rogallo


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rogallo

(rəˈɡæləʊ)
n, pl -los
(Aeronautics) a flexible fabric delta wing, originally designed as a possible satellite retrieval vehicle but actually developed in the 1960s as the first successful hang-glider
[C20: after Francis M. Rogallo (1912–2009), the US engineer who designed it]
References in periodicals archive ?
What aerial technique was developed by US engineer Francis Rogallo in the 1940s?
The triangular wings are known to aeronautical engineers as Rogallo wings, with their origins going back to the late 1940s.
That was when Francis Rogallo, an engineer with the American National Advisory Committee on Aeronautics, NACA, first devised an ultra-light wing with the first models cut up from a kitchen curtain.
Rogallo himself retired from Nasa in 1970, bringing the story of flight full circle to settle in Kitty Hawk, North Carolina, where the Wright brothers had made their first powered flights back in 1903.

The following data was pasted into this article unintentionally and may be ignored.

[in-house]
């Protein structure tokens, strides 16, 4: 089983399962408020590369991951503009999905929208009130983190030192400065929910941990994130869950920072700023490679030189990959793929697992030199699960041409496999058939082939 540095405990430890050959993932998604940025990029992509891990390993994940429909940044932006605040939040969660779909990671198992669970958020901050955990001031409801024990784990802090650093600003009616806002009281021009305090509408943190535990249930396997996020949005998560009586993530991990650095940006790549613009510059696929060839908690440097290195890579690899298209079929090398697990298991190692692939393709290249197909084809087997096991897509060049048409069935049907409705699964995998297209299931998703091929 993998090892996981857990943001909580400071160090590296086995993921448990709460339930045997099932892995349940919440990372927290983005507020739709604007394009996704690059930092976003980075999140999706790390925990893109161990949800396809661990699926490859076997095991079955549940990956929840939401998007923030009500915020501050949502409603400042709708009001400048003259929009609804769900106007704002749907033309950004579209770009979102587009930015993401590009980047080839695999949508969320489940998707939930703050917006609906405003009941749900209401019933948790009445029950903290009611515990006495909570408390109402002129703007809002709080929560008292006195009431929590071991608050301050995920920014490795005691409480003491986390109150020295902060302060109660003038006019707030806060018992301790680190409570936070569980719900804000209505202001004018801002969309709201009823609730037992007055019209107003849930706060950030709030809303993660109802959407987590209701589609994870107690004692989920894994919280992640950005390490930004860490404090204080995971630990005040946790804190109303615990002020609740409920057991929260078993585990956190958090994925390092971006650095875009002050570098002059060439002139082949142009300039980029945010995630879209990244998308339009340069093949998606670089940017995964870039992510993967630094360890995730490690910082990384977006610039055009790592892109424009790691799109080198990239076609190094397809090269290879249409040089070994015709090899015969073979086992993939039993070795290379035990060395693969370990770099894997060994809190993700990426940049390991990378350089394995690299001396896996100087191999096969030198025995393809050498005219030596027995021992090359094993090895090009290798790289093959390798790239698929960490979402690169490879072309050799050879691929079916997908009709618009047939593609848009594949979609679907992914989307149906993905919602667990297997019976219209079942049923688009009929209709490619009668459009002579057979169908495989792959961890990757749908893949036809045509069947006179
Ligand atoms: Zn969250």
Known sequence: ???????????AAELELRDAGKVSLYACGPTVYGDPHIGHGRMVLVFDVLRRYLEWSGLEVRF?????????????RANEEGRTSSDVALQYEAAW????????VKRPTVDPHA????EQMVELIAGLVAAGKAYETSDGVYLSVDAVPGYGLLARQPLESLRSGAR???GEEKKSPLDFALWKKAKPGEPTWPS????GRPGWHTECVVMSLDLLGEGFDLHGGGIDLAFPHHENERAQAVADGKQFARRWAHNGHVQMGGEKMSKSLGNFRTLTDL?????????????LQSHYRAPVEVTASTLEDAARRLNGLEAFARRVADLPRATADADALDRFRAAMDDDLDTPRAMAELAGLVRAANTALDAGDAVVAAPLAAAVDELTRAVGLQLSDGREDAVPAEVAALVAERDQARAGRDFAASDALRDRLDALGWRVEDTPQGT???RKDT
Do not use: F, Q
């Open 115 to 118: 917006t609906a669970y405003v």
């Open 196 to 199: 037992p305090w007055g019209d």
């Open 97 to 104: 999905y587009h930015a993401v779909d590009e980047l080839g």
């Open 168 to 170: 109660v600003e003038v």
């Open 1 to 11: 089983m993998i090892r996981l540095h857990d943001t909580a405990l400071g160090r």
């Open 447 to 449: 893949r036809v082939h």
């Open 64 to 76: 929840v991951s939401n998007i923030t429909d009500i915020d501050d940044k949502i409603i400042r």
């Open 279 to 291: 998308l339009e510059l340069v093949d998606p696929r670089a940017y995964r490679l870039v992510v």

What aerial technique was perfected by US engineer Francis Rogallo in the 1970s?
Among the aircraft he flew was a Rogallo paraglider, which was used to study the possibility of using an inflatable wing for landing spacecraft, and wingless ``lifting-body'' aircraft.
The modern ultralight movement was born when NASA invented the Rogallo wing in the mid-1960s.
Peterson's career at what is now NASA's Dryden Flight Research Center at Edwards included flight testing the Rogallo paraglider aircraft, which was used to study the feasibility of using an inflatable wing for landing spacecraft, and ``lifting-body'' aircraft - wingless aircraft that contributed to the space shuttle program and to today's research for a new manned spacecraft.